One of the great joys of my life has been the study of the classic treatise on the person of the Holy Spirit, written by Basil of Caesarea (c.330-379) and entitled simply On the Holy Spirit. In the early 370s Basil found himself locked in theological combat with professing Christians, who, though they confessed the full deity of Christ, denied that the Spirit was fully God. Leading these “fighters against the Spirit” (Pneumatomachi), as they came to be called, was one of his former friends, indeed the man who had been his mentor when he first became a Christian in 356, Eustathius of Sebaste (c.300-377). The controversy between Basil and Esuathatius, from one perspective a part of the larger Arian controversy, has become known as the Penumatomachian controversy.
Eustathius’ interest in the Spirit seems to have been focused on the Spirit’s work, not his person. For him, the Holy Spirit was primarily a divine gift within the Spirit-filled person, One who produced holiness [Wolf-Dieter Hauschild, “Eustathius von Sebaste”, Theologische Realenzyklopädie, 10 (1982), 548-549]. When, on one occasion at a synod in 364, he was pressed to say what he thought of the Spirit’s nature, he replied: “I neither chose to name the Holy Spirit God nor dare to call him a creature”! (Socrates, Church History 2.45).
For a number of years, Basil sought to win Eustathius over to the orthodox position. Finally, in the summer of 373 he met with him for an important two-day colloquy, in which, after much discussion and prayer, Eustathius finally acquiesced to an orthodox view of the Spirit’s nature. At a second meeting Eustathius signed a statement of faith in which it was stated that:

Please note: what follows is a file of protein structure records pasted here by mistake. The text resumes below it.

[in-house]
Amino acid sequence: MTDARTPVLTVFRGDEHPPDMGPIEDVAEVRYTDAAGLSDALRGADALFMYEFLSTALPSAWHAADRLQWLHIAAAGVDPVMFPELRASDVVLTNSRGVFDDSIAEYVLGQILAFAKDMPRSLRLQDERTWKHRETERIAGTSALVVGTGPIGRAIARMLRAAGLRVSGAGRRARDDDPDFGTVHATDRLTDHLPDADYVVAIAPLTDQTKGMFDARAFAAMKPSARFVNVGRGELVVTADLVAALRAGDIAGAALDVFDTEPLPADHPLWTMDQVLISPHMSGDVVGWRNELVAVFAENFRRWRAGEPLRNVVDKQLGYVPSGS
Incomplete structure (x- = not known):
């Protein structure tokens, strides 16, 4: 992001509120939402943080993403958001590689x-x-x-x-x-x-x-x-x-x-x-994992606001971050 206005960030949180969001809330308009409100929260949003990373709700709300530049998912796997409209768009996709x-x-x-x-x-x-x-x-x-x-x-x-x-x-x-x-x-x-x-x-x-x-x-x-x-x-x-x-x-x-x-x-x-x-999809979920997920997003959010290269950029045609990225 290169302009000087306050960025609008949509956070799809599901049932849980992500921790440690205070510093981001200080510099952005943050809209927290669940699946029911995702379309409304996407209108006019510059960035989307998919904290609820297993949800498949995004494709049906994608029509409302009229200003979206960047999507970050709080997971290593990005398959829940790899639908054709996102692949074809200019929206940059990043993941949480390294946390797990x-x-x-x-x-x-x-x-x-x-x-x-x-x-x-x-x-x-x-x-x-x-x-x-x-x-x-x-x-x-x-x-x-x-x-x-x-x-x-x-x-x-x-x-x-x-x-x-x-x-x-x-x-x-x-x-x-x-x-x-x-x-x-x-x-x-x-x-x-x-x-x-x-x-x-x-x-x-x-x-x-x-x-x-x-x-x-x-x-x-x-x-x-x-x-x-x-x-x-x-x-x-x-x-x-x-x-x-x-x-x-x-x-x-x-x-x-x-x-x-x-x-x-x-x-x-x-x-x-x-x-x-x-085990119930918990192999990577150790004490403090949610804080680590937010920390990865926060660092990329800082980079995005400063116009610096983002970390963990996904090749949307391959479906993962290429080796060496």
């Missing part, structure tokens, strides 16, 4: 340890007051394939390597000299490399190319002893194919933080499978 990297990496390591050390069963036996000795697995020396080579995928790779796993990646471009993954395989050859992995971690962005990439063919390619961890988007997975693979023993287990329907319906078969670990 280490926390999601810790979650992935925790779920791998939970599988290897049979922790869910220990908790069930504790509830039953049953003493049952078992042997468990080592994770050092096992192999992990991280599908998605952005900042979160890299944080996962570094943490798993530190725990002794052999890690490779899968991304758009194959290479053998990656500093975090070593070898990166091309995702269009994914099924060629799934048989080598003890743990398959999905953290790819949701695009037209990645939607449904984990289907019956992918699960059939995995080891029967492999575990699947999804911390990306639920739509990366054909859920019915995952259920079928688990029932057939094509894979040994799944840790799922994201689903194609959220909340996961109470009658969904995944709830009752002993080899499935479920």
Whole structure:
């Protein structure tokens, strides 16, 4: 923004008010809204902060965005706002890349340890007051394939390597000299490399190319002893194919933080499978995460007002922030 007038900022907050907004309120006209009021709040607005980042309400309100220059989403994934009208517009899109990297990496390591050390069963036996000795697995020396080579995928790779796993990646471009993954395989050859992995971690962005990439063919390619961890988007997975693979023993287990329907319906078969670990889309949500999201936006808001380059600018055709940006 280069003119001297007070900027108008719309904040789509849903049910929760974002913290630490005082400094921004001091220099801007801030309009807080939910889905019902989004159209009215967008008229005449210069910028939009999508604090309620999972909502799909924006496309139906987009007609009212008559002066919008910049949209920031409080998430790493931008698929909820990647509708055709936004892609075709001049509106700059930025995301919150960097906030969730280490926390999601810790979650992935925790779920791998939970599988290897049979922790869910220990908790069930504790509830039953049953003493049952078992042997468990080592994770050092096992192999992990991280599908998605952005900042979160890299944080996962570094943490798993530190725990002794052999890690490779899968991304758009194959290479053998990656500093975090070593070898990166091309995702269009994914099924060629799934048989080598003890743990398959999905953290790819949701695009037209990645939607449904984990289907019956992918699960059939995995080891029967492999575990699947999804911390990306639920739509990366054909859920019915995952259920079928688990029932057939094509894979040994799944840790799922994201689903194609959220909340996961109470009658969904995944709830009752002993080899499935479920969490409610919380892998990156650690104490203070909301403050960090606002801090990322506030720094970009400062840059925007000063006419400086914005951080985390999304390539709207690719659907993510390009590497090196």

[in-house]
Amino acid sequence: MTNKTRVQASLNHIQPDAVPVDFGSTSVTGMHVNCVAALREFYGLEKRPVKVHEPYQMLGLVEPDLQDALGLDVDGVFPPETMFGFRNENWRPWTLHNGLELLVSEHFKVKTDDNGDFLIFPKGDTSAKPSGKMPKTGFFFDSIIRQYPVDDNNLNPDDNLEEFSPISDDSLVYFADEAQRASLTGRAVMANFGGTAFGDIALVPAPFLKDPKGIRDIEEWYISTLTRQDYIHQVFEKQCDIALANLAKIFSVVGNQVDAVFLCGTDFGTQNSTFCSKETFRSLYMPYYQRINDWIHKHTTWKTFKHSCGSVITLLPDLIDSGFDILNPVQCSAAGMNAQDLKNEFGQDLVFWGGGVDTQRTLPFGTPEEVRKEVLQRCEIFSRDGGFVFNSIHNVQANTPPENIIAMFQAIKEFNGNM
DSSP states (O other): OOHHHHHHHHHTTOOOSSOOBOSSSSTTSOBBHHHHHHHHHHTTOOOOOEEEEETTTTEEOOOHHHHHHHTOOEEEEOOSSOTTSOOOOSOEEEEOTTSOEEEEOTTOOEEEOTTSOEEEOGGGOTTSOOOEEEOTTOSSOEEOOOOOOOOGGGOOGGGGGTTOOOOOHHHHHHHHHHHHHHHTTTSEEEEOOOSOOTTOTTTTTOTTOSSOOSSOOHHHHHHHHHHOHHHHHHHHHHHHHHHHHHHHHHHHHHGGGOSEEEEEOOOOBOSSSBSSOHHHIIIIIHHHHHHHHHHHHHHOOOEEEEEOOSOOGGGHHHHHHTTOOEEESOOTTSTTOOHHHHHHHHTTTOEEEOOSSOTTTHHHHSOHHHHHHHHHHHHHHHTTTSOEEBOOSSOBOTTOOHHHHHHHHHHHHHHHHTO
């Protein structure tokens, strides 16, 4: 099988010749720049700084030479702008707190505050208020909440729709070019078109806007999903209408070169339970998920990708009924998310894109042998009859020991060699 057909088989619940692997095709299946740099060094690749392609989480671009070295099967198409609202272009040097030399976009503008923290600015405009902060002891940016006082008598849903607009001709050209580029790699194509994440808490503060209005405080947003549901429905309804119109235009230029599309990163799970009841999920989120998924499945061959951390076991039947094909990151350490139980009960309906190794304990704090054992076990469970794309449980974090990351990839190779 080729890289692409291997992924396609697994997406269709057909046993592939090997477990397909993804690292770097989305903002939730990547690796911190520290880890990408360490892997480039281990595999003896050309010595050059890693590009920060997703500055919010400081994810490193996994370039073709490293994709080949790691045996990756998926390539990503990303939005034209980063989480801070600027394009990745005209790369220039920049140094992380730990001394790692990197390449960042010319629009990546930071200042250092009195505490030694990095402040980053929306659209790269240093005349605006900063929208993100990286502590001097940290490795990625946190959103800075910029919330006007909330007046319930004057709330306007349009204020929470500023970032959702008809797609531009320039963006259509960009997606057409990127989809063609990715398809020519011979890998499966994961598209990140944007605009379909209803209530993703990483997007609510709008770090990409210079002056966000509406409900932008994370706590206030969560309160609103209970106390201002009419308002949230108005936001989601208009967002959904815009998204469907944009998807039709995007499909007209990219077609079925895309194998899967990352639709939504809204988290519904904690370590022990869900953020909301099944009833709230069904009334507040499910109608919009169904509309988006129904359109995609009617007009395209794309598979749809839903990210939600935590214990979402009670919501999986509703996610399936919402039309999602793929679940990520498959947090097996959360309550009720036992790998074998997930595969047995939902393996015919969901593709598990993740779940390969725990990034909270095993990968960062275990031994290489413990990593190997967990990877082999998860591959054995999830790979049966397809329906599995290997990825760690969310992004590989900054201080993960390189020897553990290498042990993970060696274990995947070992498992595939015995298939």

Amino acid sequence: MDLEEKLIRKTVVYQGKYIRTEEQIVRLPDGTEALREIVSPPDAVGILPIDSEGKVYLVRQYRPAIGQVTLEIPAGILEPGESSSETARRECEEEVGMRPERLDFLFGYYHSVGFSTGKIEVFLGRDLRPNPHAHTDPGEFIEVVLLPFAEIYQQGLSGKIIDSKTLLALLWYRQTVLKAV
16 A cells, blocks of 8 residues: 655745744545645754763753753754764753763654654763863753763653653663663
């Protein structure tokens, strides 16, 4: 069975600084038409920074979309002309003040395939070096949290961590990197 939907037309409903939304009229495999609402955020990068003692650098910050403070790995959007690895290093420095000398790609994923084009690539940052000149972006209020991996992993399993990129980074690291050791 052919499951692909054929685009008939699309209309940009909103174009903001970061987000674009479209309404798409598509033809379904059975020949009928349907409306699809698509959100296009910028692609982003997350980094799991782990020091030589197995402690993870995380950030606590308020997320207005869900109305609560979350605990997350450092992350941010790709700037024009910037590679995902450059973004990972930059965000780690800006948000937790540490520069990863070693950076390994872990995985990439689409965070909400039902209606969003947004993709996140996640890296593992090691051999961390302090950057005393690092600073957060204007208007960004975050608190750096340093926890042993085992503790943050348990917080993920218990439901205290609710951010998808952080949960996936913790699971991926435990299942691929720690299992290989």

“[We] must anathematize those who call the Holy Spirit a creature, those who think so, and those who do not confess that he is holy by nature, as the Father and Son are holy by nature, but who regard him as alien to the divine and blessed nature. A proof of orthodox doctrine is the refusal to separate him from the Father and Son (for we must be baptized as we have received the words, and we must believe as we are baptized, and we must give honour as we have believed, to the Father, Son and Holy Spirit), and to withdraw from the communion of those who call the Spirit a creature since they are clearly blasphemers. It is agreed (this comment is necessary because of the slanderers) that we do not say that the Holy Spirit is either unbegotten for we know one unbegotten and one source of what exists, the Father of our Lord Jesus Christ, or begotten, for we have been taught by the tradition of the faith that there is one Only-Begotten. But since we have been taught that the Spirit of truth proceeds from the Father we confess that he is from God without being created. (Basil, Letter 125.3).
In Basil’s thinking, since the Spirit is holy without qualification, he cannot be a creature and must be indivisibly one with the divine nature. The confession of this unity is both the criterion of orthodoxy and the basis upon which communion can be terminated with those who affirm that the Spirit is a creature. This pneumatological position thus defines the precise limits beyond which Basil was not prepared to venture, even for a friend such as Eustathius.
Another meeting was arranged for the autumn of 373, at which Eustathius was to sign this declaration in the presence of a number of Christian leaders. But on the way home from his meeting with Basil, Eustathius was convinced by some of his friends that Basil was theologically in error. For the next two years Eustathius crisscrossed what is now modern Turkey denouncing Basil, and claiming that the bishop of Caeasrea was a Modalist, one who believed that there were absolutely no distinctions between the persons of the Godhead.
Basil was so stunned by what had transpired that he kept his peace for close to two years. As he wrote later in 376, he was “astounded at so unexpected and sudden a change” in Eustathius that he able to respond. As he went on to say: “For my heart was crushed, my tongue was paralyzed, my hand benumbed, and I experienced the suffering of an ignoble soul…and I almost fell into misanthropy… [So] I was not silent through disdain…but through dismay and perplexity and the inability to say anything proportionate to my grief.” (Letter 244.4)
Finally, he simply felt that he had to speak. His words were those of the one most important books of the entire patristic period, On the Holy Spirit.